Contrastingly, participants cited control and supervision, credibility and availability of the Danish language as reasons for gambling with licensed sites.
The Danish study was based on an online survey, which was created by the country’s regulator Spillemyndigheden in collaboration with Statistics Denmark. The target group were Danish citizens aged 15 or older on 1 October 2022 and resulted in a net sample total of 30,070 people.
The study found that 21.7% of Danish players in the sample pool gambled online for money in the last year. This corresponds to an estimated 1,082,000 Danish people.
Of those who played online within the previous 12 months, 2.1% said they had knowingly played on unlicensed sites.
This number rises to 3.8% when accounting for those playing on sites that do not have permission to offer gambling in Denmark, equating to 41,000 people. The study states that, in this instance, more than half of these players did this knowingly.
A total of 8.6% of players are unaware whether the sites they played on are licensed.
Last year, following a complaint from the regulator, Copenhagen City Court blocked 49 sites for offering illegal gambling in Denmark. The sites mainly offered casino games, including roulette, poker and slots.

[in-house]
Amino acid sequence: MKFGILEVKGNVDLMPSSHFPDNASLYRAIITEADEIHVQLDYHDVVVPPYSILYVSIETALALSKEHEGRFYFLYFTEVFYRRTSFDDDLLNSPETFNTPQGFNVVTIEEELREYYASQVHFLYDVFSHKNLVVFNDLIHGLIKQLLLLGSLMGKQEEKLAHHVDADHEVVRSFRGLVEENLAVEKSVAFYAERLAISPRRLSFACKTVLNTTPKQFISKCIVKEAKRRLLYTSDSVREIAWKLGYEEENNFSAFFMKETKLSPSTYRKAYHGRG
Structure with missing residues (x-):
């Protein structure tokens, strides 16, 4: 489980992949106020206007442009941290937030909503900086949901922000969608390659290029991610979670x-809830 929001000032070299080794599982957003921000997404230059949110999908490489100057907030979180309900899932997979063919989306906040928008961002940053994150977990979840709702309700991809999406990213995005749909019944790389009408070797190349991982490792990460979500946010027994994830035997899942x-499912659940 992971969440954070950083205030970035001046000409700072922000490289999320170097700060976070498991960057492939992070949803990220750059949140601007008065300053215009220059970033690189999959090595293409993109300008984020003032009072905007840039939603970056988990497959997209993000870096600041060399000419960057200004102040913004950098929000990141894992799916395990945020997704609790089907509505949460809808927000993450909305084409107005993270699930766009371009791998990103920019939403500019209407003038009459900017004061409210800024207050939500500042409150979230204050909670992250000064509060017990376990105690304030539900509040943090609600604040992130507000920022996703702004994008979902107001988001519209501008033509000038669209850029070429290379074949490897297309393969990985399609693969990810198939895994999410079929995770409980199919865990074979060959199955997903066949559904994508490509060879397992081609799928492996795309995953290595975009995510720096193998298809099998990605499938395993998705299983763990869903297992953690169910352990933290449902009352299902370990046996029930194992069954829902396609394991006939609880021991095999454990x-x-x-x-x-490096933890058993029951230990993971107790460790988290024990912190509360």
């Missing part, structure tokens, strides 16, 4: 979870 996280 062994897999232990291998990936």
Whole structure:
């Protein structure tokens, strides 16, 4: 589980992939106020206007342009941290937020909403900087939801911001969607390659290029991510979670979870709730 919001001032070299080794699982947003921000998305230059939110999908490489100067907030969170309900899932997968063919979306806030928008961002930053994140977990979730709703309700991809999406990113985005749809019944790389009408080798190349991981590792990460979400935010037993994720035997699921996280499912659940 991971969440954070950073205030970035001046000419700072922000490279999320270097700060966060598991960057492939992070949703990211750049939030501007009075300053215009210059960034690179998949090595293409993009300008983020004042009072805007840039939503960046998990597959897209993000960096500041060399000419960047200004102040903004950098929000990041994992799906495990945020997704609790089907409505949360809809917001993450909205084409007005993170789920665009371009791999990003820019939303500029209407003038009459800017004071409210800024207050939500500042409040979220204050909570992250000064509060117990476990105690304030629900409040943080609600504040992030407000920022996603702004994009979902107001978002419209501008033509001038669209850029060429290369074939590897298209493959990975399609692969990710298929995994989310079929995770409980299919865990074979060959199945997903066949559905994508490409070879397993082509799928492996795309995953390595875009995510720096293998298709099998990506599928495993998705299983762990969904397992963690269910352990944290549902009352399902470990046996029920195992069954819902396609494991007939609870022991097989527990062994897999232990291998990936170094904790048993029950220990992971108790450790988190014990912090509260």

Players lean towards legal offerings
Of those who have played both on sites that have permission and sites that do not, 61.7% mostly played with the legal offerings. A total of 19.1% said they mostly used the illegal sites and 19.2% said they played equally between both types.
Of those who played on sites that do not have permission to offer gambling in Denmark, 43.4% said they played online casino. A total of 34.2% said they used the sites for skin betting. Skin betting is prohibited in Denmark, so any play is automatically considered illegal.
Of this same pool, 25.7% said they played on these sites due to higher bonuses. However, most – 36.9% – said it’s because they are able to play games that are not offered by legal entities.
Operators that do not have the appropriate permissions cannot market themselves to Danish players. In November, Spillemyndigheden issued DKK100,000 in fines to an individual that advertised illegal games on two websites.
When asked how they found the illegal offerings, 68.2% of the relevant participants said they searched the internet themselves. A total of 66.3% said they found the sites through videos and streaming – for example, YouTube, TikTok and Snapchat.
In August 2023, a Twitch streamer was fined DKK10,000 by Spillemyndigheden for advertising gambling without the necessary permissions.